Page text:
hand (which is now holding the gun) draws about even with the seam of your trousers. From there, get the gun up and on target. If you are wearing a closed-front garment, the first movement will be made with the off hand. Reach as close to the gun as possible and lift the garment straight up — high. No need for modesty here. Get that shirt or pull-over out of the way, then complete the remainder of the draw. The Heart of the Matter With the gun in your hand, you must now get it on target. Nothing good comes from an errant shot. This is where all the basic marksmanship and pistol shooting skills apply. Bring the gun up to your line of vision. Focus on the front sight. Keep a firm grip. Shift your weight a bit forward and assume the most convenient firing stance. Keep your finger off the trigger until you are ready to fire. At this point you are engaged and on a typical range session you would fire a double tap. And as with all training if you do it enough times it becomes automatic. This becomes a serious issue if, upon seeing you draw your pistol, the knife-wielding assailant turns to flee. In the one second it takes for you to complete your draw and instinctively fire, your attacker could have his back to you. There is no end to the problems shooting someone in the back will cause you. Run this scenario through to a trigger press only one time in 10. In between your sessions of dry practice, you will of course be practicing the fundamentals of trigger press and recoil control on the range. This dry practice gives you everything you need —including dropping the hammer — without the recoil, the report and the flying lead. There is no danger of acquiring a flinch and dry practice keeps your ammo costs way down. Think about it: You’ve practiced the draw. You’ve focused on the front sight and you’ve covered your legal bases with your warning command. If you practice all of this regularly and then one day find yourself in a bad situation that requires you to pull the trigger, the accuracy you need will be there. More importantly, the gun will be out of its holster and on target, where it can do the most good. Full series: A full-sized auto, like this XD-40 Tactical, is almost always covered by a loose cover garment. 1. Practice pushing that garment out of the way until it becomes second nature. 2. Then get a grip on the pistol. 3. Get the muzzle moving toward the target. Notice the finger is off the trigger. In this position, there can’t be accidental discharge. This is as important to a good draw as is clearing the holster quickly. Sidebar: The rules for dry training To avoid any possibility of a tragic accident, dry training must be conducted in a suitable location under very strict rules. The first rule is that no ammunition should be in the room in which you are training. Unload the firearm. Unload any magazines you will be using during the training session. Insure the chamber is empty and use snap caps if you feel the need to buffer the firing pin. IWB series: Getting a small gun from an IWB holster can be tough. 1. Start by hooking your thumb behind the grip and pulling up. 2. As soon as you can, start getting your other fingers in a firing grip. 3. Clear the leather and get the gun into action. With the gun up and on target, your training should tell you to take control of the situation. Do so. Issue a firm command. “Stop! Drop your weapon or I will shoot.” Yes, I understand this is dry practice and you are talking to a target, but remember that District Attorney — the gun-hater — he is going to want a complete statement for the investigation of your self-defense shooting. And you fight like you train. The command gives the assailant clear indication as to your intentions. It turns bystanders into witnesses, giving them a chance to see that you are defending yourself. If you must fire, you can do so very easily. And you may not have all your legal bases covered, but you certainly have the first two. A suitable location is one that is free of distractions and offers a training area that will effectively stop a round from the gun you use in the training. If you are thinking of using a stud-framed sheetrock wall as your training background, realize that a round from most common handguns will pass right through. A better choice is to conduct your dry training in a locked basement room or up against some other cinder block or cement wall. Don’t use a light switch, clock or photograph as an aiming point. Use a standard target. Conduct your draw, issue your commands and finish each sequence with a trigger press or a reholstering according to your planned training. When you are finished, leave the training room to reload your gun and say aloud, “Dry training is over. This gun is now fully loaded and ready for action.” Only vigilance will prevent accidents. 9 © 2003-2011 U.S. Concealed Carry Association & Delta Media LLC - All Rights Reserved. Reproduction without permission prohibited.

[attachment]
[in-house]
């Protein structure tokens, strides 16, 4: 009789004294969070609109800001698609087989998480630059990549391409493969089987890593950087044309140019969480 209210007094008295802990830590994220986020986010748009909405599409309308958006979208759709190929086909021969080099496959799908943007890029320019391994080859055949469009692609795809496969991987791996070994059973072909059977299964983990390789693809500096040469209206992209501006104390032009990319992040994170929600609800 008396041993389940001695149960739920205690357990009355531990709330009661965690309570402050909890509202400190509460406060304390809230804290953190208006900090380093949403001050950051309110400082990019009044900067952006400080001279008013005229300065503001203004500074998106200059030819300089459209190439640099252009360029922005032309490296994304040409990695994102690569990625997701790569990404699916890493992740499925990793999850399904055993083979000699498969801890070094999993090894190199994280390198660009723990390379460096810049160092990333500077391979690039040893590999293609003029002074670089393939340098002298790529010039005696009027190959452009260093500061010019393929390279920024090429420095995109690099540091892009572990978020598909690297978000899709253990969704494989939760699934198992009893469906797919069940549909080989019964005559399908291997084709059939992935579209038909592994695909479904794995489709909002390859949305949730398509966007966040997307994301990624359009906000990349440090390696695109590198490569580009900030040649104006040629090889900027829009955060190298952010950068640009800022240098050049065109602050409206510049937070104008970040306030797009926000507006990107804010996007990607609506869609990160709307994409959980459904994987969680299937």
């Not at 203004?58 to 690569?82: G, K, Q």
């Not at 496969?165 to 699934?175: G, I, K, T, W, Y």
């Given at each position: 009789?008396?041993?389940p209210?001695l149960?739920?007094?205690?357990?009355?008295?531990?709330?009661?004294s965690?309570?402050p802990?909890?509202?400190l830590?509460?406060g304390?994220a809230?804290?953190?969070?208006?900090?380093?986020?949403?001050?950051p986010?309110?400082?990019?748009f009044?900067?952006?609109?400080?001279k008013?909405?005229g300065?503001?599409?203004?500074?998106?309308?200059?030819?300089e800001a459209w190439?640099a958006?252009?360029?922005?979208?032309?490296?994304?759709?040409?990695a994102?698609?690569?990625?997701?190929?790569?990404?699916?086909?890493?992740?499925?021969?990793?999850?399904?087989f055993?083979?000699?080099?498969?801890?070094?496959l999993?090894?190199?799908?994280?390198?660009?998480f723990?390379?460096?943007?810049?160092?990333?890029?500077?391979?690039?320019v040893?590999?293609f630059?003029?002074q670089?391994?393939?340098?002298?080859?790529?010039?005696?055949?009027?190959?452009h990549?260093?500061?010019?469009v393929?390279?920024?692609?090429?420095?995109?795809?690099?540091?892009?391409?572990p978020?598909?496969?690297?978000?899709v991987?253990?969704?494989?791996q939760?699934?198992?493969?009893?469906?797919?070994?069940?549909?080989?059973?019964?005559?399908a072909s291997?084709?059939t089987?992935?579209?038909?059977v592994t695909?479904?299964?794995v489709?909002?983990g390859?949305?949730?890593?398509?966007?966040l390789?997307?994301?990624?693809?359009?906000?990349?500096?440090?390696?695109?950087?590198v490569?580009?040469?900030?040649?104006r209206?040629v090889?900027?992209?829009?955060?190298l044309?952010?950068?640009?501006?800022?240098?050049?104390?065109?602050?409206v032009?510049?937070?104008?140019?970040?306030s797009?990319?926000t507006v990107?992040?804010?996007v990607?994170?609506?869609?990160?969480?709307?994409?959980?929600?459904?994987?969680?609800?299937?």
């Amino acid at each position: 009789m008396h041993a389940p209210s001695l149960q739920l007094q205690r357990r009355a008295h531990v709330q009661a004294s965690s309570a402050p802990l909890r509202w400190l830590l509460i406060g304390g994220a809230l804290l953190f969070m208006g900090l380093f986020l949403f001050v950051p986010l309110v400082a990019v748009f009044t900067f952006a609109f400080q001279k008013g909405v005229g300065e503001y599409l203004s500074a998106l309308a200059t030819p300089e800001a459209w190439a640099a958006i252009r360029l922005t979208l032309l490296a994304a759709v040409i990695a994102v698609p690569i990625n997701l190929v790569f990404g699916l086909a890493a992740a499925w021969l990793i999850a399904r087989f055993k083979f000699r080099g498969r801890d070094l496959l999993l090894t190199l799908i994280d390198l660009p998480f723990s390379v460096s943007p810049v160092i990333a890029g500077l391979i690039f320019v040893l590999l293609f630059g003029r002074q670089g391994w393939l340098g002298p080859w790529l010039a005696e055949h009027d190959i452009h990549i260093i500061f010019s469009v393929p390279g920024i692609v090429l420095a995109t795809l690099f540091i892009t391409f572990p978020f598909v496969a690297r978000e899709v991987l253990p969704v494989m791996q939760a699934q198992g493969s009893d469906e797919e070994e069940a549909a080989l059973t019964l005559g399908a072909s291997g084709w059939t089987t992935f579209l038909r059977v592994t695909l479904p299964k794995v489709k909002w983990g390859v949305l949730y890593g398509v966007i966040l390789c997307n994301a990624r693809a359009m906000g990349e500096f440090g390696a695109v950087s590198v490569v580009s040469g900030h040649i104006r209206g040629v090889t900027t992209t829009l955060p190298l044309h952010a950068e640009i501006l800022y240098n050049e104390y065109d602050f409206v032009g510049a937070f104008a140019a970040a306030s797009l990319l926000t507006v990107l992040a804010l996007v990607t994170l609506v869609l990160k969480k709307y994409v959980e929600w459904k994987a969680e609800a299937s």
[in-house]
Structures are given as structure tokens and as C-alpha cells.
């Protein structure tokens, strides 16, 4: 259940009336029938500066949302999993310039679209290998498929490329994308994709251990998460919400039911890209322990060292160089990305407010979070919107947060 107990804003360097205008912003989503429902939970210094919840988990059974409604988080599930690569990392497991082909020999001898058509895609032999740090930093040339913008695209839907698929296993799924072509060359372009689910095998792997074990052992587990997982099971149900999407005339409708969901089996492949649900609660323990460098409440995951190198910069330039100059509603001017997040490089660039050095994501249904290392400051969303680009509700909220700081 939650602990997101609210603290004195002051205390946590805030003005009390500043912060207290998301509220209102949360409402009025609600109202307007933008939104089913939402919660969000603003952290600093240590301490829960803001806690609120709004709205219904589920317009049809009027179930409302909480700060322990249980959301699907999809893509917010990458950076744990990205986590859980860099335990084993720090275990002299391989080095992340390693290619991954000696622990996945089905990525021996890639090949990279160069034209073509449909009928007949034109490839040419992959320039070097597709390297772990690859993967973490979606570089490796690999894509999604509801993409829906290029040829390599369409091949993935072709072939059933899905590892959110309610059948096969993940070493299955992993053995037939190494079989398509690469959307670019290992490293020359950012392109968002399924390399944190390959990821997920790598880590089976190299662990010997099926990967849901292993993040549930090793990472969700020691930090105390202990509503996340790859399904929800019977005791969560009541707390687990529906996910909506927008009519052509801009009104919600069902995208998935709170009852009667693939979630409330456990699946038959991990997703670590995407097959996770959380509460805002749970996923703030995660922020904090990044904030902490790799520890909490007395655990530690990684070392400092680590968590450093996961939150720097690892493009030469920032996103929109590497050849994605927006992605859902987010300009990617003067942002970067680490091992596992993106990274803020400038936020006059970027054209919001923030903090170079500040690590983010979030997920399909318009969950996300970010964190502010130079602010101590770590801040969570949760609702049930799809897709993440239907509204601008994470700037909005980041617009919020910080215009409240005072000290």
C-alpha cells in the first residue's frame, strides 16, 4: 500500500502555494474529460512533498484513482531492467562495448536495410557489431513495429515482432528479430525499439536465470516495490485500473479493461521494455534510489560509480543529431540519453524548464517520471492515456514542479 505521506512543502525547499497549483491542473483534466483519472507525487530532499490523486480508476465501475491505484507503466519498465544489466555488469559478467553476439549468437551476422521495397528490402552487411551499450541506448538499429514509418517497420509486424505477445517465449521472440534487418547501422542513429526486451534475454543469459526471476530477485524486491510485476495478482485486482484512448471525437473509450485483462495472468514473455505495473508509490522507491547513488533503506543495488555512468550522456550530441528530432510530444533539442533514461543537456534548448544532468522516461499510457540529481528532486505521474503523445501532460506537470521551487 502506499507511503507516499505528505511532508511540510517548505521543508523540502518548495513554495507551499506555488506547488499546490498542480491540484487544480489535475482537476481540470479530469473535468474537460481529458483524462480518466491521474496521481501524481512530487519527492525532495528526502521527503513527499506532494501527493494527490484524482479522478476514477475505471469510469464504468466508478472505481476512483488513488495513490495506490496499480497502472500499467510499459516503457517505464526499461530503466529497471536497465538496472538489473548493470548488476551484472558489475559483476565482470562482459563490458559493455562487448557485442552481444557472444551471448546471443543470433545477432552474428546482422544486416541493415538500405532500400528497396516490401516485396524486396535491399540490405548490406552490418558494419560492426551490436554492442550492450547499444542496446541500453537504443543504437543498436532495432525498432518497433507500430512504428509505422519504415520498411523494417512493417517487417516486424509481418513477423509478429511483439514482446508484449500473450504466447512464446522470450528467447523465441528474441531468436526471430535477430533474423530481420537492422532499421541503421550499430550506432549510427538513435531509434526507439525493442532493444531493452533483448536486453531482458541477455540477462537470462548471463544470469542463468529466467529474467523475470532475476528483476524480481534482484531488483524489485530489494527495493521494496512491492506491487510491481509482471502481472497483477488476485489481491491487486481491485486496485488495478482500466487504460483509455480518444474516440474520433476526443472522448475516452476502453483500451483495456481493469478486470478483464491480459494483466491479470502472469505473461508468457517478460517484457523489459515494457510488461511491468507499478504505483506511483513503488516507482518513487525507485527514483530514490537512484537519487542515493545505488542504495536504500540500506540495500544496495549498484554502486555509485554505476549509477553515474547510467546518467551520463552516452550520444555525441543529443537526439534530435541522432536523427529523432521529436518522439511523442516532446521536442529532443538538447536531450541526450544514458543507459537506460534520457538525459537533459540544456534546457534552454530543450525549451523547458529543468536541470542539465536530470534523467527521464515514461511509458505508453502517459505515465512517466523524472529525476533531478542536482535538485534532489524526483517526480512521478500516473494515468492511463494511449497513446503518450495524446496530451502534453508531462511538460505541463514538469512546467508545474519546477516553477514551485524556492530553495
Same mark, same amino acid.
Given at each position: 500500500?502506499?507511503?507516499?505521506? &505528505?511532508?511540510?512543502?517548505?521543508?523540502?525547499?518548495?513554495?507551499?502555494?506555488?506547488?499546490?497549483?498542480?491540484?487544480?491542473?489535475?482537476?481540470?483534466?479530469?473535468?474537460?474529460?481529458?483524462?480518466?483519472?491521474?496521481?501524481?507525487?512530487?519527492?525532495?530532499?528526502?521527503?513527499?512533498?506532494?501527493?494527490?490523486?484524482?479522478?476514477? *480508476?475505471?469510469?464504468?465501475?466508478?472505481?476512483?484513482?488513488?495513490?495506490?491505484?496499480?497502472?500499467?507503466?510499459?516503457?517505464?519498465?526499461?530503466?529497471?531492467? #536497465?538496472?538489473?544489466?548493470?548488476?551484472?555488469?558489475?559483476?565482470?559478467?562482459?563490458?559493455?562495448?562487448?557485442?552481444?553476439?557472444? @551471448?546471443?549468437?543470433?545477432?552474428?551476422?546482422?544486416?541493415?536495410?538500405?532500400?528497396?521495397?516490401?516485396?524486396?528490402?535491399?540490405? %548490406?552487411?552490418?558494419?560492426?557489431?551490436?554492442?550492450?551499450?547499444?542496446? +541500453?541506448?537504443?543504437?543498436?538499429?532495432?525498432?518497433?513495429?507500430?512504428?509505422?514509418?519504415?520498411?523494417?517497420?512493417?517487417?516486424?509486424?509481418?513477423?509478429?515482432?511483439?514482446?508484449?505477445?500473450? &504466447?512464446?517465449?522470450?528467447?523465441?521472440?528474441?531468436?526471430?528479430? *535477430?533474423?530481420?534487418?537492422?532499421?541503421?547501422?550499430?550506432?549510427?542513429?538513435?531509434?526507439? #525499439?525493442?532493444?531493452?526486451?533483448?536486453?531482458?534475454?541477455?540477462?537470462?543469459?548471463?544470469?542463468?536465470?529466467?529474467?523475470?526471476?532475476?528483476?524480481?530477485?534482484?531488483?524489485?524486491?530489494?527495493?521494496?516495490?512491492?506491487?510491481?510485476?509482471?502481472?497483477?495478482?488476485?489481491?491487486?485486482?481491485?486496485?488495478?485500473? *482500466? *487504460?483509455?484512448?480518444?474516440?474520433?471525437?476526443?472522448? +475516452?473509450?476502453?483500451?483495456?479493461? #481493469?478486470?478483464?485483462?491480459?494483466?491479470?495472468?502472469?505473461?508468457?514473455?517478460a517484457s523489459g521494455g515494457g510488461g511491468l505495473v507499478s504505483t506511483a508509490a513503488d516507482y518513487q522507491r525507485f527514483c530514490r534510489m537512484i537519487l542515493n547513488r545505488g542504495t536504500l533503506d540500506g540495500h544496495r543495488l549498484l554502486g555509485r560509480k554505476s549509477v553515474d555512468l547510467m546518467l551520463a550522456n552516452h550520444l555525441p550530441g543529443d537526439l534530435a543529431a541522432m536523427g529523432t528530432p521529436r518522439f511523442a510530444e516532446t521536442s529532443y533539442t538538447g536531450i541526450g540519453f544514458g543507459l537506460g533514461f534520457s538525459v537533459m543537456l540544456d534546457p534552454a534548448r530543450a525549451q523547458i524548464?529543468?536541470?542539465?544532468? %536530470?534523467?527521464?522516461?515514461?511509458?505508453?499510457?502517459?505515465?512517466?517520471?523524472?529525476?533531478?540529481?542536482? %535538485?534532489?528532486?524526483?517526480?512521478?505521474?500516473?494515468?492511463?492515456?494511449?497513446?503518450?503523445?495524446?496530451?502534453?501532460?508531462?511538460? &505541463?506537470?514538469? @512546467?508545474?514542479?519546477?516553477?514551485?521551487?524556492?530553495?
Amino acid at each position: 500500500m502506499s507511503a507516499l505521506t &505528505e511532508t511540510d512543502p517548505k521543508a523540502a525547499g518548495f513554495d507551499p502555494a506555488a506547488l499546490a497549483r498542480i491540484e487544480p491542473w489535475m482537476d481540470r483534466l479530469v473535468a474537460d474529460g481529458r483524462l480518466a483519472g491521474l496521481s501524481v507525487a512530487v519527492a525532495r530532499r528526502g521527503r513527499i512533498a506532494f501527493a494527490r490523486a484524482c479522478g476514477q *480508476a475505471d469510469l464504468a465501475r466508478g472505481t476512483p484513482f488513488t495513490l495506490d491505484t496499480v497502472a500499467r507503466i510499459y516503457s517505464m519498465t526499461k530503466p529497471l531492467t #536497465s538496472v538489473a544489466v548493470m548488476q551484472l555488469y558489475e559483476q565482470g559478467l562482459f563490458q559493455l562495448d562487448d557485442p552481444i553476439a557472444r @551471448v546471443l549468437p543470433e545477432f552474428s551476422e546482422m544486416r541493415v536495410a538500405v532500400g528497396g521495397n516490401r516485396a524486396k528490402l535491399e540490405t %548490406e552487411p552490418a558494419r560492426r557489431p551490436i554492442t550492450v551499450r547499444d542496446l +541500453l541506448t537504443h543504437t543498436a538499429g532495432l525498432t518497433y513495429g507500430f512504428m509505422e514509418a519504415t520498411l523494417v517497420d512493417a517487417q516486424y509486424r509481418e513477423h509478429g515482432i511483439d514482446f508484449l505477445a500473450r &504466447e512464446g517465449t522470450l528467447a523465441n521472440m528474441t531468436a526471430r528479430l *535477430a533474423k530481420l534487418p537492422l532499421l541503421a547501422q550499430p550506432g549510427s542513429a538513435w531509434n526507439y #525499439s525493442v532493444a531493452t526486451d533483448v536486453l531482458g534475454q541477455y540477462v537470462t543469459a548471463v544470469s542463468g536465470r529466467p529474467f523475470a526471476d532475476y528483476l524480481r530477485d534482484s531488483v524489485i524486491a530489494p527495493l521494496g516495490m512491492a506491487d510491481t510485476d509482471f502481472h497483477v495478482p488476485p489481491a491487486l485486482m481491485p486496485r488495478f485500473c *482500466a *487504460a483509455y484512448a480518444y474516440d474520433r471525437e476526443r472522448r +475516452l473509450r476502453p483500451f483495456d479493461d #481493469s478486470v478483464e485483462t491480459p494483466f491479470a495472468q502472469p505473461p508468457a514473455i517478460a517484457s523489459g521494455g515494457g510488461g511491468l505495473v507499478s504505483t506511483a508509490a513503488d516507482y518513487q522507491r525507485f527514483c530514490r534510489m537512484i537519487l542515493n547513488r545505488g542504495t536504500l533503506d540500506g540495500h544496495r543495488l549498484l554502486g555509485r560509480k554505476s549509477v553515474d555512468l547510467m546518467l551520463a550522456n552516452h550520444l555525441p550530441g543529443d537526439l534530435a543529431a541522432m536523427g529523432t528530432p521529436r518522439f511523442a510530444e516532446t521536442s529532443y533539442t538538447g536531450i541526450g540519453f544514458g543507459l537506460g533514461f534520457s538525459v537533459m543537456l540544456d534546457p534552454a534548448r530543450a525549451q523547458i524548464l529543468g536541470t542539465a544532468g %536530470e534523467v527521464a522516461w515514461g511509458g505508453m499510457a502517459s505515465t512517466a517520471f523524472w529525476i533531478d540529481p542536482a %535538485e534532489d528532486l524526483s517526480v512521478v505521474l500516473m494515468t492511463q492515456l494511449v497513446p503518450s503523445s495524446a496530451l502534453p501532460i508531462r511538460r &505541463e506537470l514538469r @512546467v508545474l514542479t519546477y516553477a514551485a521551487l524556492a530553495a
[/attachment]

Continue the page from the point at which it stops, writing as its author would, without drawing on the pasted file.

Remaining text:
Sidebar: Simple rules for effective carry Same gun. Same place. Every time. In an emergency you can count on being only half as effective as you are in training. Because repetition builds skill, choose one gun for concealed carry and try to carry it in the same manner every time you leave the house. If the time ever comes that you need the gun to defend your life, you’ll know where it is, how to get it into action quickly and how it works. Kevin Michalowski is an NRA-certified pistol trainer and a member of the Waupaca County Sheriff’s Department Reserve. FORCE ON FORCE NOTEBOOK: REVISITING THE 21 FOOT RULE by Jack Rumbaugh very large volume of information arrives in my e-mail inbox every month and an article by Bob Irwin titled, Rethinking the 21-Foot Rule caught my eye. I agree with much that Mr. Irwin states in his article, but as we’ll see later on, I reach a far different conclusion. The 21-foot rule is also known as the Tueller Drill, named after Dennis Tueller, a police officer with the Salt Lake City Police Department who asked the question: “How close is too close?” He essentially quantified the distance that an attacker can cover in the same time that a defender can draw his pistol and fire a shot on target. He found that the distance of 21 feet can be covered in 1.5 seconds. This is the standard by which many defensive shootings have been measured. Shoot too soon, you are criminally liable. Shoot too late, you risk injury or death. There is very little margin for error. In reading the article by Mr. Irwin, he finds that the 21-foot rule is fundamentally flawed because the participants in the drill know an attack is coming. An unsuspecting civilian won’t have that luxury. I do agree that the 21-foot rule is limited in that it is a drill rather than a counter to an actual assault. He comes to the conclusion that an officer who is caught unawares would need a little over 3.5 seconds to recognize and react appropriately to a deadly threat. This equates to approximately 50 feet of distance the assailant would cover in that time. In fairness to Mr. Irvin, he does mention a few tactics to delay a charging opponent. He speaks about drawing to low ready, giving ground to increase distance, using cover or placing an object between you and the attacker, A as well as shots to the pelvic girdle. He goes on to describe a drill to simulate a charging opponent. He has a method to make a charging target from an IDPA or IPSC target, some string, wood, and a couple of cup hooks. The instructor would pull the target towards the student to simulate a charging opponent. His final statement was: “After running this drill a few times, you will rethink the 21-foot rule.” I have a much simpler solution: MOVE! 10 © 2003-2011 U.S. Concealed Carry Association & Delta Media LLC - All Rights Reserved. Reproduction without permission prohibited.